Humanitarian consequences of Israel’s military operation in Rafah

Palestinian civilians looking out from their kitchen at the destruction to their home (Photo: PCHR, 2004)

The Israeli Defence Forces have carried out a campaign of demolition and land leveling in Rafah, in the southern Gaza strip. During its three most recent incursions, between 16 and 22 January, a 31 year old Palestinian woman was killed and 8 other Palestinians were injured.

Since the beginning of January, the IDF has totally or partially demolished 72 homes making 584 people homeless.

The IDF states that these operations were undertaken following the “discovery of a weapons smuggling tunnel (as well as a tunnel filled with explosives)”. IDF forces “demolished a number of abandoned structures concealing tunnel entry shafts along the Israel-Egypt border, in the Rafah area. The abandoned structures were demolished to halt weapon smuggling and terrorist activity against IDF forces and Israeli civilians.”1

The context: IDF operations in Gaza since October 2000

The result of the house demolitions has been to create a buffer zone that stretches from Rafah passenger terminal in the east down to the Mediterranean coast. It is several kilometers in length and in places up to 200 metres deep. (See map).

Source: Office for the Coordination of Humanitarian Affairs, original map (PDF)

UNRWA calculates that of 14,852 people made homeless since October 2000 by IDF house demolition, two-thirds are from Rafah. In October 2003 alone, the IDF demolished 189 homes in Rafah camp. Fifteen people were killed and 1780 individuals were made homeless in the October operation.

Options for those made homeless by IDF action

Some of those made homeless by IDF operations move into smaller units, which in most cases are insufficient for the size of the family. Others have migrated northwards in search of accommodation, or — in exceptional cases - moved into abandoned dwellings adjacent to the buffer zone that were left by other families fearful that their homes would be targeted.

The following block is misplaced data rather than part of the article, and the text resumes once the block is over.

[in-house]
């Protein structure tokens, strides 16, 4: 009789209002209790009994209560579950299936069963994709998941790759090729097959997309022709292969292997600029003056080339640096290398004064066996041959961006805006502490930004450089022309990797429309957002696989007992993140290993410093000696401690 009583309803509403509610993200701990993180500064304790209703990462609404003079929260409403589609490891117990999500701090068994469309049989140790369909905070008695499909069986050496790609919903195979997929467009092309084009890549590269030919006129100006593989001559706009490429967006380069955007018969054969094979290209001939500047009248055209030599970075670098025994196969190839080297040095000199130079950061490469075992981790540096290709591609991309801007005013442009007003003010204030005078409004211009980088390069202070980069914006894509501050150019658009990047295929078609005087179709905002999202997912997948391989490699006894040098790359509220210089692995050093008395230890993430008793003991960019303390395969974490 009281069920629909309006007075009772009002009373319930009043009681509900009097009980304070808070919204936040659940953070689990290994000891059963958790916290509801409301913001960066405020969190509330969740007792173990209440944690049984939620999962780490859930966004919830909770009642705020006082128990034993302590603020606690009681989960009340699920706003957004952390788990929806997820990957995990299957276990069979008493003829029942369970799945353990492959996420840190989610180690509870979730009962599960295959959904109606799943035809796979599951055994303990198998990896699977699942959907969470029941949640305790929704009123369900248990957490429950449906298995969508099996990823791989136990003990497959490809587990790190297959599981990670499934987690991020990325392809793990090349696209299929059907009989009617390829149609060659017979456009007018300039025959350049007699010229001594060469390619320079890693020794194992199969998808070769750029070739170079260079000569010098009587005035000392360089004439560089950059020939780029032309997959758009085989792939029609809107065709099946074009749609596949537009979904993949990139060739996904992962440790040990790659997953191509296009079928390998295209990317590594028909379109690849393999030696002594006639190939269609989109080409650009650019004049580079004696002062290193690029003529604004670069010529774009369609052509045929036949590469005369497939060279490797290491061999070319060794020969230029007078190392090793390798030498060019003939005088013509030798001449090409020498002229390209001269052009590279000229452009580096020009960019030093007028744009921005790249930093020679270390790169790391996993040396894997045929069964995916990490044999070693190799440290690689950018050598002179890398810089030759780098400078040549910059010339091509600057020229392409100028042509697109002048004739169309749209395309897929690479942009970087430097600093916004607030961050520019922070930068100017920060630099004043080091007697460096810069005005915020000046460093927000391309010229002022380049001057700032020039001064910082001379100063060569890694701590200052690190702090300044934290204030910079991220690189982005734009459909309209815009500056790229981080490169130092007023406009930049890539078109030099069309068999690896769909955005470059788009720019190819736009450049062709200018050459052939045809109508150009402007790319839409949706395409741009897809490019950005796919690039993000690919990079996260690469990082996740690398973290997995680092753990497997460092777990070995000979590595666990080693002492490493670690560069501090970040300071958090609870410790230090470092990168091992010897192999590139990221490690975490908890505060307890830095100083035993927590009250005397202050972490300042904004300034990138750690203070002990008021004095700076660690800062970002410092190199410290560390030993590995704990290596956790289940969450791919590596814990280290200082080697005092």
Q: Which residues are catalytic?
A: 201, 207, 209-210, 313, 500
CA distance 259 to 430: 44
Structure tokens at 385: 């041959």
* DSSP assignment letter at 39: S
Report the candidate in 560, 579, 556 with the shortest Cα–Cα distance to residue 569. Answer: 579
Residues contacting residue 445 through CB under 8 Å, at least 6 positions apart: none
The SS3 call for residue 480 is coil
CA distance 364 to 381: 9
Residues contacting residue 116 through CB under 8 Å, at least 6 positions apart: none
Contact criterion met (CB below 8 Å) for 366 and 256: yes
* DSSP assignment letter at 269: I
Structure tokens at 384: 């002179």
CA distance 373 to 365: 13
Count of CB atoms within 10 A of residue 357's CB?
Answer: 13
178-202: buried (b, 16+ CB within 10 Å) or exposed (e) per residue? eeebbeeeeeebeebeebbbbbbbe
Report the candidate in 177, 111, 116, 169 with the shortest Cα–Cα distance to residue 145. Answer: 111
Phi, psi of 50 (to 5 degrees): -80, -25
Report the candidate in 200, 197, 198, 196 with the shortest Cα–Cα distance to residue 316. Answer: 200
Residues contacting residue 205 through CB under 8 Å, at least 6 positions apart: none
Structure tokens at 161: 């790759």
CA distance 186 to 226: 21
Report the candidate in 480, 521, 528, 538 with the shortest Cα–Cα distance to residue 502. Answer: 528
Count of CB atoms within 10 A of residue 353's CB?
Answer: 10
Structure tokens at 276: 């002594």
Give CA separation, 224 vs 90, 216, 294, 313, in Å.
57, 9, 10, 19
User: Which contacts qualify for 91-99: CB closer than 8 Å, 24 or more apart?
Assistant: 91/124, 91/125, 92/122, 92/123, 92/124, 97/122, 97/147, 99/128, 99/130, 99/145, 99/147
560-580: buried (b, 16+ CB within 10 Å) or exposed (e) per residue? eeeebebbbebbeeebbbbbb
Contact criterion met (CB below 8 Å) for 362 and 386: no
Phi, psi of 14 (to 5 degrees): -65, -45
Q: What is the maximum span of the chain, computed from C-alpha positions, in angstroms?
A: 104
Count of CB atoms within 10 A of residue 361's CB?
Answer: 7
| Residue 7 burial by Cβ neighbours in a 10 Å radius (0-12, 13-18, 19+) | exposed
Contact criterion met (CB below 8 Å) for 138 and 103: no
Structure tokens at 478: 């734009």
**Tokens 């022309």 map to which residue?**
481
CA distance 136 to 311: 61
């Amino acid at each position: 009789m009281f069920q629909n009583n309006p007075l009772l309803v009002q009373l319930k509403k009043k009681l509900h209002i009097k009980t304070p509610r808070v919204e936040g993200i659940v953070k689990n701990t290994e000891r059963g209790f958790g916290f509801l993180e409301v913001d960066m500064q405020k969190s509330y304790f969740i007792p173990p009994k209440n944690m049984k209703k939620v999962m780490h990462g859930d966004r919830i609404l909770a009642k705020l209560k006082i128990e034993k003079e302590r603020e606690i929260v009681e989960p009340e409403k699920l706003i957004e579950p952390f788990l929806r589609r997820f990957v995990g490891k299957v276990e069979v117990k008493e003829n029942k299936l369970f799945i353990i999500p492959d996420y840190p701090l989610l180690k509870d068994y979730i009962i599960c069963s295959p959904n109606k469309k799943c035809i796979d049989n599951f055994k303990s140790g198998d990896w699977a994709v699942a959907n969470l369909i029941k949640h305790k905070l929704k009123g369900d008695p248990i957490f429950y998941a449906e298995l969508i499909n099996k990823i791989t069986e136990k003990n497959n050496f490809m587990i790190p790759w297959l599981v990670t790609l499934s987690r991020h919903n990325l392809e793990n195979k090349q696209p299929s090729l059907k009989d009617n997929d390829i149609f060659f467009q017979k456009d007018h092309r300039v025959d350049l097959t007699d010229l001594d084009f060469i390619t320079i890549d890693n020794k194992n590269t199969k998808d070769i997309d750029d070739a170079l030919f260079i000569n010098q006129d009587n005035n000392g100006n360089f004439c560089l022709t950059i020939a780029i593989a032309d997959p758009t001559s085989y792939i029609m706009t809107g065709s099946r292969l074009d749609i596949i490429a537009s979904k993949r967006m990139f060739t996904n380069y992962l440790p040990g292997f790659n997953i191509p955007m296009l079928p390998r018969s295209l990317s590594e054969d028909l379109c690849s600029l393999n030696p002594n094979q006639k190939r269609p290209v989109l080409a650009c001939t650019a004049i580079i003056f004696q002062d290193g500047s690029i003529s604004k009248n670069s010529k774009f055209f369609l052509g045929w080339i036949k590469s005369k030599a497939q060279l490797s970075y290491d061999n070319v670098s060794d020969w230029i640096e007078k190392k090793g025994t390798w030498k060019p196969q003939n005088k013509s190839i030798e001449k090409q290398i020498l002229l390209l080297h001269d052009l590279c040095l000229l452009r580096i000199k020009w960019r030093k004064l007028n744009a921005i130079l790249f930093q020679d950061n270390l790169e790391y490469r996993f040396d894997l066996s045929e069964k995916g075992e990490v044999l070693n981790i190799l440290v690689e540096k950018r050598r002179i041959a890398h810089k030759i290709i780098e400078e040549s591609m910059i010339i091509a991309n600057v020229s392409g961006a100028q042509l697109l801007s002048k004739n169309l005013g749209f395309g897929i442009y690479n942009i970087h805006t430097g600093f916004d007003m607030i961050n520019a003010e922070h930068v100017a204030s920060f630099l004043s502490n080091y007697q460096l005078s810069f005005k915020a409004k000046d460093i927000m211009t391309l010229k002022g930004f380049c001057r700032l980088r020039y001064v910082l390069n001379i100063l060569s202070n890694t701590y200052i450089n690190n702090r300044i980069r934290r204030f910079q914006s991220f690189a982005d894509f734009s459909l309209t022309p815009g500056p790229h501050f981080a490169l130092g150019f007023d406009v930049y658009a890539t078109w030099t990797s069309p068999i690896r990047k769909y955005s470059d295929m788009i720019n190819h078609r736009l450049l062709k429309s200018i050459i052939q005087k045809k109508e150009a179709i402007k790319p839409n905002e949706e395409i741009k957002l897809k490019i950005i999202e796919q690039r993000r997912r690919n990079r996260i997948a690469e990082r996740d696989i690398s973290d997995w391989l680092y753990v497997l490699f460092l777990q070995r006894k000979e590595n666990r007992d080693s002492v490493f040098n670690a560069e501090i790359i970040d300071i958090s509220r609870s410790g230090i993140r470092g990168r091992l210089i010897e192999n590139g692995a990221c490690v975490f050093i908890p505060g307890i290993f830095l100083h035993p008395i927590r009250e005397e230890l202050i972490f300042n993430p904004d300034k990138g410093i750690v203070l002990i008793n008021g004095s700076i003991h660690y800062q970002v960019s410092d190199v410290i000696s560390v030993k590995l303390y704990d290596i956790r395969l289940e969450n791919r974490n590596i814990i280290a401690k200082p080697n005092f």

An increasing number of families whose homes were destroyed are relying on tents for shelter. Tents are being provided by UNRWA and ICRC. In the month from 21 December, the ICRC supplied 243 families in Rafah with tents.

These families are also increasingly dependent on aid agencies for food. Because of growing needs in Rafah, the World Food Programme has increased its programme of assistance to provide food for 5026 families in Rafah, compared with 3472 in August 2003.

UNRWA appeal for immediate assistance

UNRWA will be unable to re-build on the sites where the original homes have been destroyed; and available land is scarce. It has launched an appeal for funds to enable it to build new shelters for homeless refugees in Gaza. Before the latest round of demolitions, UNRWA estimated that it would cost US$25 million to re-house all the refugees who have lost their homes.2

Israeli house demolitions and International Humanitarian Law

A number of international legal provisions are relevant to the recent IDF operation in Gaza:


Under the Fourth Geneva Convention, an occupying power may take measures to protect the security of the area, including limited destruction of property when “rendered absolutely necessary by military operations”. However, Article 147 includes as a grave breach of the Convention “Extensive destruction … not justified by military necessity”.

Articles 51 and 57 of the Convention also prohibit “incidental loss of civilian life, injury to civilians, damage to civilian objects, or a combination thereof, which would be excessive in relation to the concrete and direct military advantage anticipated.”

Peter Hansen, Commissioner General of UNRWA, has described the latest demolitions as “a hugely disproportionate military response”. 3

Prohibition of collective punishment

Article 33 of the Fourth Geneva Convention states that “No protected person may be punished for an offence he or she has not personally committed. Collective penalties and likewise all measures of intimidation … are prohibited … Reprisals against protected persons and their property are prohibited.”

On 22 January, Peter Hansen said that Palestinians affected by the demolition policy could “hardly be blamed if they have come to believe that they are the victims of collective punishment.”


1. IDF weekly summary of events, 22 January 2004

2. UNRWA Press Release, 22 January 2004

3. UNRWA Press Release, 22 January 2004size>